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Cameras seeing through clothes

  1. Nov 30, 2008 #1
    Does anyone have any experience of this kind of optics or is this just another hoax?

    http://www.davidsteele.com/X-ray-Vision-Camera-Lens-p/xr-l.htm [Broken]
    Last edited by a moderator: May 3, 2017
  2. jcsd
  3. Nov 30, 2008 #2


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    Looks like it is just a very expensive IR filter for a camera. If so, yes it works to some extent and under the right lighting.
    This, however, does not mean that you can actually "see" through clothes as if they weren't there; but you will be able to see a very tinted picture showing some of the contour of what is underneath the clothes; at least if the person is wearing e.g. a thin T-shirt.
    Also, the exposure times are VERY long under ordinary light (minutes).

    IR photography is pretty popular. Just google it.

    If you really want to see through clothes you need a THz camera; these are just being introduced at some airports. But at the moment they work essentially like an x-ray machine; they are active devices (sending out THz radiation and looks at what is reflected). They are also very big (and very expensive).
  4. Nov 30, 2008 #3


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    I don't think this is a hoax. Probably a rip-off however. CCD sensors on digital cameras (and video cameras?) are as sensitive to near infrared as they are to light. This does not include the part of the spectrum you'd use for thermal vision.
    Ordinary digital cameras have a 'hot mirror' which is a filter that removes most of the infrared before it reaches the sensor. Without this, the thing is pretty useless for ordinary photography. You can put an IR-pass filter over the lens to shoot in IR, but unless you replace the hot mirror with clear glass, you will not be able to shoot handheld. Performance varies from camera to camera but in bright light I can manage about half a second as my shortest shutter speed. I don't know exactly how this applies to video cameras, but I would imagine you would struggle with the amount of light reaching the sensor. It'd probably be limited to daylight only as I'm pretty sure most artificial light doesn't emit much IR.

    I have head that a video designed for IR (no hot mirror presumably) was taken off the market because of its ability to see through clothes, but as far as I know this is limited to relatively few fabrics (nothing on show in any of these)

    It's a rip-off because my 52mm IR-pass filter only cost £30
  5. Nov 30, 2008 #4


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  6. Nov 30, 2008 #5


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    This is just an IR bandpas filter, as the previous poster said it is only effective of you can remove the IR blocking filter in the camera. Scientific CCDs without a blocking filter and high sensitivity are quite effective at seeing through clothes - it was always a popular demonstration at open days / science fairs! It works best with thin bright cotton clothes and bright sunlight or an IR floodlight from a security CCD camera.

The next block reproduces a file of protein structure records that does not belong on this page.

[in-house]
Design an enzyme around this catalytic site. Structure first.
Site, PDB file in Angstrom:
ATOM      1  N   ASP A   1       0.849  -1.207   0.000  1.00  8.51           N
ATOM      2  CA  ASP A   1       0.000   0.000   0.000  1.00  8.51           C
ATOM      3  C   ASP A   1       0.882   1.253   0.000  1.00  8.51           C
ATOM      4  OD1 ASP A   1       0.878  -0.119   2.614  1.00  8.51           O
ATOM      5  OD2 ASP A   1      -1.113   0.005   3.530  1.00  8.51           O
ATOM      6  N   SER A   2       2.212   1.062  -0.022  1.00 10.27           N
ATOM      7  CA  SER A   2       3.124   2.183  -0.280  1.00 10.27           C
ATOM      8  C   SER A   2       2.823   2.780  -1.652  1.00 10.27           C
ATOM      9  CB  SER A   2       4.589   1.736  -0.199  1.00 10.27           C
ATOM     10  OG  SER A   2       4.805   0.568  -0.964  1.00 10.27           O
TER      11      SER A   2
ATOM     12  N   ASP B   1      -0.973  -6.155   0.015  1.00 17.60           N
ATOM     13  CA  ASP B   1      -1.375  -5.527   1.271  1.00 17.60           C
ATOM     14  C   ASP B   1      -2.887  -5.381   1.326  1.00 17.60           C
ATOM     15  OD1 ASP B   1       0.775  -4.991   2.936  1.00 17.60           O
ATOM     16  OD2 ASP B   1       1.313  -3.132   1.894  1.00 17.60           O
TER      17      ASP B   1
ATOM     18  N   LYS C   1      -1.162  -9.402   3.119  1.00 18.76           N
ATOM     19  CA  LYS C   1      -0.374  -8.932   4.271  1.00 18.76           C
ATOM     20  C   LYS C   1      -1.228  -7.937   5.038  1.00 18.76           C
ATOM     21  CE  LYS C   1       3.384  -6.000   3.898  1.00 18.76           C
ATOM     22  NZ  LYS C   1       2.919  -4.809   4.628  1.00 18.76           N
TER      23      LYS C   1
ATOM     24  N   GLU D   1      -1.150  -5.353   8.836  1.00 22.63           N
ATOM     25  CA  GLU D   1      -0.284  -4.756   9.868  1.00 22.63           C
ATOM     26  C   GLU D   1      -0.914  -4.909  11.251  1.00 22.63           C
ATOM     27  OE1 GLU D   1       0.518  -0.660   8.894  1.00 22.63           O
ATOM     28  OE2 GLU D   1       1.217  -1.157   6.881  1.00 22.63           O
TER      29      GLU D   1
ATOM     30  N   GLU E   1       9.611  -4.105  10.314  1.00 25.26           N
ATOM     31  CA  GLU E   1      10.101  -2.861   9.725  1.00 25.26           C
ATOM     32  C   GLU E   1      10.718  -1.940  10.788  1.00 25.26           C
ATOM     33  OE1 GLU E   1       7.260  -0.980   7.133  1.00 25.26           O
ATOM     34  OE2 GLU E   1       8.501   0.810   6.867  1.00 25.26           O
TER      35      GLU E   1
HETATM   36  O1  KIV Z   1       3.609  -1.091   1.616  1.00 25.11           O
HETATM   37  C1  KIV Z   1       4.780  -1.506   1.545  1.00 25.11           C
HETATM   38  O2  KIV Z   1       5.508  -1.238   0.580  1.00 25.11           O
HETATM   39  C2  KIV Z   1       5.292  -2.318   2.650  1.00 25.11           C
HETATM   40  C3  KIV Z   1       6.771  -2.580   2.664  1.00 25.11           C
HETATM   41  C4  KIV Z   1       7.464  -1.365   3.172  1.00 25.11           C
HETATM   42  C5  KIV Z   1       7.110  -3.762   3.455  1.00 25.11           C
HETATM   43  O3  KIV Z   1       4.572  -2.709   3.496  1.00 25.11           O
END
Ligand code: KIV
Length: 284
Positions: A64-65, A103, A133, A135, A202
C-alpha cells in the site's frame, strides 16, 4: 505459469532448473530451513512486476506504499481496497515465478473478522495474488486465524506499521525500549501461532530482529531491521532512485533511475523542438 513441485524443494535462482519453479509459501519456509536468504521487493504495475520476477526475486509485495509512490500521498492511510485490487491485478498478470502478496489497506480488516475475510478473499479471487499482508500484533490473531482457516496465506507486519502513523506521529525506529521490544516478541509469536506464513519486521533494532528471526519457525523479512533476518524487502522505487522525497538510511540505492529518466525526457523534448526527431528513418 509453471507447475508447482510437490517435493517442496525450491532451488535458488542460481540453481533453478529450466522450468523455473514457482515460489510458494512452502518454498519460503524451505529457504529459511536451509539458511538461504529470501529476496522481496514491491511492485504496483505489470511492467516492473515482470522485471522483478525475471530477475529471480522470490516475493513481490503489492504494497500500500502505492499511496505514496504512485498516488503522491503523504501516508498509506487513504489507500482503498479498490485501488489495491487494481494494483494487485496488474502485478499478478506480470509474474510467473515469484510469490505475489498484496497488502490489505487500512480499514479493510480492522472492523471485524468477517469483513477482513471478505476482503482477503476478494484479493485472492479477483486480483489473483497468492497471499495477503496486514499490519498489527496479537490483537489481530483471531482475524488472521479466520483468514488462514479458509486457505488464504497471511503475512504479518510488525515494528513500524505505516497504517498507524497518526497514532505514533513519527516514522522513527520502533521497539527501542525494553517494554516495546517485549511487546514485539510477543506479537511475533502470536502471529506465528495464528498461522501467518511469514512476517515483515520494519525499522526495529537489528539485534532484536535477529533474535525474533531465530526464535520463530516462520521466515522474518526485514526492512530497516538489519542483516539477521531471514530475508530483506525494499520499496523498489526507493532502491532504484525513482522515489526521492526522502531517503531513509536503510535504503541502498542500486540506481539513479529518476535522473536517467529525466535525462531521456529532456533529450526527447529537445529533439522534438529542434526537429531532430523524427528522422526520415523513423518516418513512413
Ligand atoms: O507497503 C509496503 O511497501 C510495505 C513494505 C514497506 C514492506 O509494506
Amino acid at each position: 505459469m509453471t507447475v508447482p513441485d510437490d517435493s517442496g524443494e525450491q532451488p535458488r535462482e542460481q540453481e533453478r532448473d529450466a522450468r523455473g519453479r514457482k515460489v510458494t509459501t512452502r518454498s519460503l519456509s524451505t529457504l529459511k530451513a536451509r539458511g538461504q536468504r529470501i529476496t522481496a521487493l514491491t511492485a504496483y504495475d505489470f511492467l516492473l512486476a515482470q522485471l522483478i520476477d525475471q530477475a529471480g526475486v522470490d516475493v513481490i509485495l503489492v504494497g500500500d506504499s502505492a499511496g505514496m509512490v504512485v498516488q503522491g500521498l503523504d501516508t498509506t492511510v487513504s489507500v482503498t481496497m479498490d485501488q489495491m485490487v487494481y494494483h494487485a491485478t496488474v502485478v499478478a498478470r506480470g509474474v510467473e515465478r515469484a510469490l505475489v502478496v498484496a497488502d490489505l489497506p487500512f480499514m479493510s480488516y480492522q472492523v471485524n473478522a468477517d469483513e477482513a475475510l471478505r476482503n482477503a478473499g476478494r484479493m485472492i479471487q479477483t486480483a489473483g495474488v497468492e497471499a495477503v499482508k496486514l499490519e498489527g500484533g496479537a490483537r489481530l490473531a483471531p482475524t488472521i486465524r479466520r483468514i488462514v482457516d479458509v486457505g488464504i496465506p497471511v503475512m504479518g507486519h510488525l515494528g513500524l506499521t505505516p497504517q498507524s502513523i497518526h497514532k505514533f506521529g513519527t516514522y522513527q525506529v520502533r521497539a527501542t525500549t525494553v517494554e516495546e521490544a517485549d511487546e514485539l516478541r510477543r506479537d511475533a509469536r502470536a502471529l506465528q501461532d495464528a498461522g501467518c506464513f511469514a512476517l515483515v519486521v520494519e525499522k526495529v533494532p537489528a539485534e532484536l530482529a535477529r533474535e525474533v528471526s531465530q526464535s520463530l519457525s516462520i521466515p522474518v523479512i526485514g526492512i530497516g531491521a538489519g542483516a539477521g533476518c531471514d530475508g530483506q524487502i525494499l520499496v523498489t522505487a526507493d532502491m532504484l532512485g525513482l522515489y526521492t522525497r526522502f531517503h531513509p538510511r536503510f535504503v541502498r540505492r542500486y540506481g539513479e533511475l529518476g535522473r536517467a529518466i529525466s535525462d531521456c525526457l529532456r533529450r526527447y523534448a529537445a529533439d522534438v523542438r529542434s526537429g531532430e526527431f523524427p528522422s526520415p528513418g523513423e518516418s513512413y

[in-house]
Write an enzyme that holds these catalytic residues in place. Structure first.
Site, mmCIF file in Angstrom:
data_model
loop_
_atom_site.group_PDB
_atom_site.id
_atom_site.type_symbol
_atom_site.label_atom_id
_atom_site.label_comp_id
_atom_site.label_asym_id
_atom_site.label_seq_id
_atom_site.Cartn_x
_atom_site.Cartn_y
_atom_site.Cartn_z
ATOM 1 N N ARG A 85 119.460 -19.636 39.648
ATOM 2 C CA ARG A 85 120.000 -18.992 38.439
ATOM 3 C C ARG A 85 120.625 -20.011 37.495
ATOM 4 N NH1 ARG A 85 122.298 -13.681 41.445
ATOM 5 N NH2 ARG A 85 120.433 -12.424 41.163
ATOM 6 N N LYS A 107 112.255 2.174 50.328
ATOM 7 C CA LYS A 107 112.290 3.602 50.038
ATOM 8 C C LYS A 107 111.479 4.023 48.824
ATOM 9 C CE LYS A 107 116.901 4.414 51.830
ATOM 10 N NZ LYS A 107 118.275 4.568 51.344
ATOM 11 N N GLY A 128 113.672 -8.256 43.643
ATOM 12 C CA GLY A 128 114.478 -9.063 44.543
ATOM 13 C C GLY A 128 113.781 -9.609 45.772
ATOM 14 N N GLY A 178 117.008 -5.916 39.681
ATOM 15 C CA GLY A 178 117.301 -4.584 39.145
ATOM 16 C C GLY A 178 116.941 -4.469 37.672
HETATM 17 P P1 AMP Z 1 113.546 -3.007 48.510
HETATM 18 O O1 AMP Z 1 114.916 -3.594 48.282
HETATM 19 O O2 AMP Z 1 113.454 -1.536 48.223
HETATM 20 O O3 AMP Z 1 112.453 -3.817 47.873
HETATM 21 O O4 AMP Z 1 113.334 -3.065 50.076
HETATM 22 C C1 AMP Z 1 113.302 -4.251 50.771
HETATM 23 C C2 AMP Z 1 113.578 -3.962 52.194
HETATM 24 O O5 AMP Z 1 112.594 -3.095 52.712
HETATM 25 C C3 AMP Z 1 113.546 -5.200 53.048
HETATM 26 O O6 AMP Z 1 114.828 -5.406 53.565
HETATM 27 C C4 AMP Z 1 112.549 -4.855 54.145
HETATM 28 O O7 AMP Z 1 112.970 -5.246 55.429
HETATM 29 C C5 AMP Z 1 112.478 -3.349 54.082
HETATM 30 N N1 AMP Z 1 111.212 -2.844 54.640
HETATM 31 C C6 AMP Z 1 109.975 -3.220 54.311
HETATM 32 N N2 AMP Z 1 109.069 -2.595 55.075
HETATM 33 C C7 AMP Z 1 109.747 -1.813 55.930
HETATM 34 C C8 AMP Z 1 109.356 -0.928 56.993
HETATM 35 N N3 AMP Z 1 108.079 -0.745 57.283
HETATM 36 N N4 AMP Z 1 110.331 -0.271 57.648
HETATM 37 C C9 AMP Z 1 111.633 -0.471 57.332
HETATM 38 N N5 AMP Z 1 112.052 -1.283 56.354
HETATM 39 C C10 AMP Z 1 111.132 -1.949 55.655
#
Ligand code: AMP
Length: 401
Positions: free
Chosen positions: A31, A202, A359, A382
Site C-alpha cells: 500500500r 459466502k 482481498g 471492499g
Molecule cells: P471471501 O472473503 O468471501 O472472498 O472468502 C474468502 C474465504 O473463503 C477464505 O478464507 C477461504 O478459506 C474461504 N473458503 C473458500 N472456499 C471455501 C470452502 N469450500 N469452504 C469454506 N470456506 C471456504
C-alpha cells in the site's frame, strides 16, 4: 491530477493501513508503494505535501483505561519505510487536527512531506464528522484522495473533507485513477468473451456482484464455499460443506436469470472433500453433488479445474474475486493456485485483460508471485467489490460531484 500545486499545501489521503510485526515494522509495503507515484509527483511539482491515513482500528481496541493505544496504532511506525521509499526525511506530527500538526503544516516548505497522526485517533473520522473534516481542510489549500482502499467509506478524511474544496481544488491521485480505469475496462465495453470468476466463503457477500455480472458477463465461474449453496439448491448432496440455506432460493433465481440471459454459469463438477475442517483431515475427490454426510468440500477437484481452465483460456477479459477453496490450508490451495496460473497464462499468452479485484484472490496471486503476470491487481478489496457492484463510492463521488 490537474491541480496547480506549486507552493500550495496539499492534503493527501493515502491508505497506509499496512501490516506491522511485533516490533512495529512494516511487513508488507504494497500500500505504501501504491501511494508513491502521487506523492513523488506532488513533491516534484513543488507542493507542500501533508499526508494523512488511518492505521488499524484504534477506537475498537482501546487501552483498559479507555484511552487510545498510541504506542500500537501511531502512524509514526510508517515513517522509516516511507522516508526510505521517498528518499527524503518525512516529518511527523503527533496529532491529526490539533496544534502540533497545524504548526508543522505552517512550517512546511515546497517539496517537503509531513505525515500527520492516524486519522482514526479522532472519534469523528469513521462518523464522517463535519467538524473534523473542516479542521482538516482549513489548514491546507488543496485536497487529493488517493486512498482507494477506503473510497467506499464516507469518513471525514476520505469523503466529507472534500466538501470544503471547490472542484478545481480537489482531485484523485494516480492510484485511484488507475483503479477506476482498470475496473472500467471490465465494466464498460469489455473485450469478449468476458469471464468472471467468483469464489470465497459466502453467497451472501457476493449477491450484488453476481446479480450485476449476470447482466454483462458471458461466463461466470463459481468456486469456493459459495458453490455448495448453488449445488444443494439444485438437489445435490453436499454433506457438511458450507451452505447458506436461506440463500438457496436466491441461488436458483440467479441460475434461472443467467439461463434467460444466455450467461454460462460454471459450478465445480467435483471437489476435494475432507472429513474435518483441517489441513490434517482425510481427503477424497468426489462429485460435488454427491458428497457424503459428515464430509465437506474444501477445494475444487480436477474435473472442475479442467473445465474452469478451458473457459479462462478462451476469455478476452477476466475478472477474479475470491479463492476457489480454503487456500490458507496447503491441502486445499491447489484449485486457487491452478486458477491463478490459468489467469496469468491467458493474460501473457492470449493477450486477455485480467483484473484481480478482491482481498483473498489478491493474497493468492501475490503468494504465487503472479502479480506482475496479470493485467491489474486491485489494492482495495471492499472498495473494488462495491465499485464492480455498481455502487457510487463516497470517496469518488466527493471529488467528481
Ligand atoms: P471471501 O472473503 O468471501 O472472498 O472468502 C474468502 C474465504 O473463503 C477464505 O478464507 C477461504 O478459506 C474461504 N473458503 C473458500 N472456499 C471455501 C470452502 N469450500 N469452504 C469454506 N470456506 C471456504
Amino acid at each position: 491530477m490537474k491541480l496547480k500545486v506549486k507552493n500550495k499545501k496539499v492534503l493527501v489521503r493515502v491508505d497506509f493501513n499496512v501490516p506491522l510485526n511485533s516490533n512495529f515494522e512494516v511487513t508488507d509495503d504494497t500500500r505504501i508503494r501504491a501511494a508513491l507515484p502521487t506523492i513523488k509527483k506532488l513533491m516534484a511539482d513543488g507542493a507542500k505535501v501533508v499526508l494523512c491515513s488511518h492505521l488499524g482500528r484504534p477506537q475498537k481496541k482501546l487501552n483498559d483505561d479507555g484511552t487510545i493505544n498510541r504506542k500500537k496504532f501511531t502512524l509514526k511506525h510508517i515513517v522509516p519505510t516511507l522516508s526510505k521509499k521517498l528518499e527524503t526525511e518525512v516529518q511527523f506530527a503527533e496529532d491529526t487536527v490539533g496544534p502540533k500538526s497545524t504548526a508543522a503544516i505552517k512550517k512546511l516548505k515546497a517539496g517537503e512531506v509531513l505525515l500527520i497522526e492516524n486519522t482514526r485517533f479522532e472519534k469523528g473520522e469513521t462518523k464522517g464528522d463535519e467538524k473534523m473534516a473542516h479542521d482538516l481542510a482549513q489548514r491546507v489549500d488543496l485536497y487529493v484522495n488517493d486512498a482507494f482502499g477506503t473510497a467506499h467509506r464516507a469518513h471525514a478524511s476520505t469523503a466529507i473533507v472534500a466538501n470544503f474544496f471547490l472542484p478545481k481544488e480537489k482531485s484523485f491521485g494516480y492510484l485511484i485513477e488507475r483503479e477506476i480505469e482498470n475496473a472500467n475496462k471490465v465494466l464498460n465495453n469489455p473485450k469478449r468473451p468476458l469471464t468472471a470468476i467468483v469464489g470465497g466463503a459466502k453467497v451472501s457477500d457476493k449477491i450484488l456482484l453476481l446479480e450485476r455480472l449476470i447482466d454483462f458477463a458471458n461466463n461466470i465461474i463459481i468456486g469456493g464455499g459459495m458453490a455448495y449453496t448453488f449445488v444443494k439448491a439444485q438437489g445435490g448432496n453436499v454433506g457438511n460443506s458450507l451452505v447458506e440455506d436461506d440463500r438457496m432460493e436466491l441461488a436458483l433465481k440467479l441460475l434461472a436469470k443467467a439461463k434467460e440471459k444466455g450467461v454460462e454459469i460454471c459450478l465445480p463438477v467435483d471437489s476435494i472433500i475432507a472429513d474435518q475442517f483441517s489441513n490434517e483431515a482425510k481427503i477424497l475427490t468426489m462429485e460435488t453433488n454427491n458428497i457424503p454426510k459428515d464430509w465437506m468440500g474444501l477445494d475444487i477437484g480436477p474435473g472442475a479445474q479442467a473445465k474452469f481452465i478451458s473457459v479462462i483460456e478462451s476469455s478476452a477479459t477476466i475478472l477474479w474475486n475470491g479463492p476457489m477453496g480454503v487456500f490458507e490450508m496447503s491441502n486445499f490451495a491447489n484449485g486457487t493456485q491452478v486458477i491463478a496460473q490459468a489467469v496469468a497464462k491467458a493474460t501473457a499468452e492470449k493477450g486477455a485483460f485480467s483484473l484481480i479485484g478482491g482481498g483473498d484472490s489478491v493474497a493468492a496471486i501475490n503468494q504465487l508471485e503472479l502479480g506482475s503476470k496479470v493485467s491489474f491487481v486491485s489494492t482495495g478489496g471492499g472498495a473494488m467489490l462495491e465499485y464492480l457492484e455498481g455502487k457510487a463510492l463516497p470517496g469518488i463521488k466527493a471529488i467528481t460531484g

It works because thin cotton cloth is fairly transparent - it jst reflects a lot of visible light that your eye is more sensitive to, if you filter this out you see the light that goes through the cloth and bounces off anything underneath.

    The machines at airports really can see through clothes, they are microwave radar with a resolution of few mm. So they can't see detail less than a mm in size - so owners of Humvees don't have to worry!
  7. Nov 30, 2008 #6


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    This is actually causing all sorts of problems. I have some colleges that are working on THz scanners for airport security and they tell me that there is a ongoing conflict between security people who want to see everything (and in the THz band you DO see everything, they have much higher spatial resolution than radar since the frequency so high) and people who are worried about personal integrity; at the moment the computers are simply "blocking out" sensitive areas before the image is shown to the operator but that obviously also means that the bad guys can hide whatever they want in those areas.

    Maybe I should add that I don't think these scanners are actually in everyday use yes, although they have been tested at some airports.
  8. Nov 30, 2008 #7
    yeah, the CCDs are IR sensitive. this was actually a PR nightmare for Sony a few years back with its cameras (may have been using a night mode in daylight, don't remember for sure). folks were filming people in bathing suits and putting it on the internet. it's not completely see-through, but it's detailed enough. i think they put an end to it by simply putting in a lens that was not passing IR. in any case, you can't really do this with off-the-shelf cameras anymore, it requires some kind of modification.
  9. Nov 30, 2008 #8
    Geez one of the example graphics is just wrong! They should call this the creepy pervert lens.
  10. Nov 30, 2008 #9
    I know! They censor the best part. :grumpy:
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